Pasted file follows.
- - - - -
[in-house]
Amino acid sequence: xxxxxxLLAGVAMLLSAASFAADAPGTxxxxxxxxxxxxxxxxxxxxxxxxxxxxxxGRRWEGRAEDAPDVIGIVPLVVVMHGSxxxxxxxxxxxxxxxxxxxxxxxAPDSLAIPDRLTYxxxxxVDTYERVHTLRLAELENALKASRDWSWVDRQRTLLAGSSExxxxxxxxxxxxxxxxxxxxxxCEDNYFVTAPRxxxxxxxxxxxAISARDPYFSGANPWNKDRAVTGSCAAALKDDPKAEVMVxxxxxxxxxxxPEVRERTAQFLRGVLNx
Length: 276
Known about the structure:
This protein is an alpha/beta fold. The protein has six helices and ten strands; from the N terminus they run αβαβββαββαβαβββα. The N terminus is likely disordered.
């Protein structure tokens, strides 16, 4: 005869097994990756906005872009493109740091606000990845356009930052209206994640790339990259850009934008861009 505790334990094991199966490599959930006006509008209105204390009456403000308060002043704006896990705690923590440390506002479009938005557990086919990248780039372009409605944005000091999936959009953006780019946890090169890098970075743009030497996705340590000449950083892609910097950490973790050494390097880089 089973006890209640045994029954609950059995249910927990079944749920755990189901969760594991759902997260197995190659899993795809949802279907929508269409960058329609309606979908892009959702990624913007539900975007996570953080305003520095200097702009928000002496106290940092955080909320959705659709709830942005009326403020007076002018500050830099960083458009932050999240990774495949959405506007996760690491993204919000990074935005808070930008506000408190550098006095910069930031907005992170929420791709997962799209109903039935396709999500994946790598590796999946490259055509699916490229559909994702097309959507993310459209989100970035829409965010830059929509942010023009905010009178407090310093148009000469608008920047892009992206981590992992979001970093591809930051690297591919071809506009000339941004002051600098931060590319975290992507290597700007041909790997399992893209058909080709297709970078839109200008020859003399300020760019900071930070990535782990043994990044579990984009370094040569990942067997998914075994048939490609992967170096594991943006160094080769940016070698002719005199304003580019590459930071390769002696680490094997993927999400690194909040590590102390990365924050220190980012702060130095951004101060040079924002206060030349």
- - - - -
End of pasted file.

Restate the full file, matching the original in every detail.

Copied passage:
[in-house]
Amino acid sequence: xxxxxxLLAGVAMLLSAASFAADAPGTxxxxxxxxxxxxxxxxxxxxxxxxxxxxxxGRRWEGRAEDAPDVIGIVPLVVVMHGSxxxxxxxxxxxxxxxxxxxxxxxAPDSLAIPDRLTYxxxxxVDTYERVHTLRLAELENALKASRDWSWVDRQRTLLAGSSExxxxxxxxxxxxxxxxxxxxxxCEDNYFVTAPRxxxxxxxxxxxAISARDPYFSGANPWNKDRAVTGSCAAALKDDPKAEVMVxxxxxxxxxxxPEVRERTAQFLRGVLNx
Length: 276
Known about the structure:
This protein is an alpha/beta fold. The protein has six helices and ten strands; from the N terminus they run αβαβββαββαβαβββα. The N terminus is likely disordered.
């Protein structure tokens, strides 16, 4: 005869097994990756906005872009493109740091606000990845356009930052209206994640790339990259850009934008861009 505790334990094991199966490599959930006006509008209105204390009456403000308060002043704006896990705690923590440390506002479009938005557990086919990248780039372009409605944005000091999936959009953006780019946890090169890098970075743009030497996705340590000449950083892609910097950490973790050494390097880089 089973006890209640045994029954609950059995249910927990079944749920755990189901969760594991759902997260197995190659899993795809949802279907929508269409960058329609309606979908892009959702990624913007539900975007996570953080305003520095200097702009928000002496106290940092955080909320959705659709709830942005009326403020007076002018500050830099960083458009932050999240990774495949959405506007996760690491993204919000990074935005808070930008506000408190550098006095910069930031907005992170929420791709997962799209109903039935396709999500994946790598590796999946490259055509699916490229559909994702097309959507993310459209989100970035829409965010830059929509942010023009905010009178407090310093148009000469608008920047892009992206981590992992979001970093591809930051690297591919071809506009000339941004002051600098931060590319975290992507290597700007041909790997399992893209058909080709297709970078839109200008020859003399300020760019900071930070990535782990043994990044579990984009370094040569990942067997998914075994048939490609992967170096594991943006160094080769940016070698002719005199304003580019590459930071390769002696680490094997993927999400690194909040590590102390990365924050220190980012702060130095951004101060040079924002206060030349």